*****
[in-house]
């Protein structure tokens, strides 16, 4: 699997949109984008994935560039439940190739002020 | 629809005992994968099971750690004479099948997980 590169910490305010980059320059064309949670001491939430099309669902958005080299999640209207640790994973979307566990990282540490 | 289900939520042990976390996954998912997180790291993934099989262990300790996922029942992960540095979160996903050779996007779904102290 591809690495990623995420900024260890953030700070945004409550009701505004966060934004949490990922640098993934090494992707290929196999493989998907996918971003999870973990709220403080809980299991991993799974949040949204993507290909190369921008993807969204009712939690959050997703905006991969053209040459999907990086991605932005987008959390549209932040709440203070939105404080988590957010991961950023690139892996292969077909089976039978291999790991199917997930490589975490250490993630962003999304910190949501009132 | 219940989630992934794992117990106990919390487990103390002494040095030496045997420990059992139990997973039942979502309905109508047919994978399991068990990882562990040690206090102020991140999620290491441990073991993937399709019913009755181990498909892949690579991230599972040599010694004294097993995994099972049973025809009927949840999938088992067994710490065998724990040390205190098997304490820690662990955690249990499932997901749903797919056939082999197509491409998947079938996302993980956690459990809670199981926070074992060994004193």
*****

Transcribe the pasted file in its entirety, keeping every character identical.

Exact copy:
[in-house]
């Protein structure tokens, strides 16, 4: 699997949109984008994935560039439940190739002020 | 629809005992994968099971750690004479099948997980 590169910490305010980059320059064309949670001491939430099309669902958005080299999640209207640790994973979307566990990282540490 | 289900939520042990976390996954998912997180790291993934099989262990300790996922029942992960540095979160996903050779996007779904102290 591809690495990623995420900024260890953030700070945004409550009701505004966060934004949490990922640098993934090494992707290929196999493989998907996918971003999870973990709220403080809980299991991993799974949040949204993507290909190369921008993807969204009712939690959050997703905006991969053209040459999907990086991605932005987008959390549209932040709440203070939105404080988590957010991961950023690139892996292969077909089976039978291999790991199917997930490589975490250490993630962003999304910190949501009132 | 219940989630992934794992117990106990919390487990103390002494040095030496045997420990059992139990997973039942979502309905109508047919994978399991068990990882562990040690206090102020991140999620290491441990073991993937399709019913009755181990498909892949690579991230599972040599010694004294097993995994099972049973025809009927949840999938088992067994710490065998724990040390205190098997304490820690662990955690249990499932997901749903797919056939082999197509491409998947079938996302993980956690459990809670199981926070074992060994004193």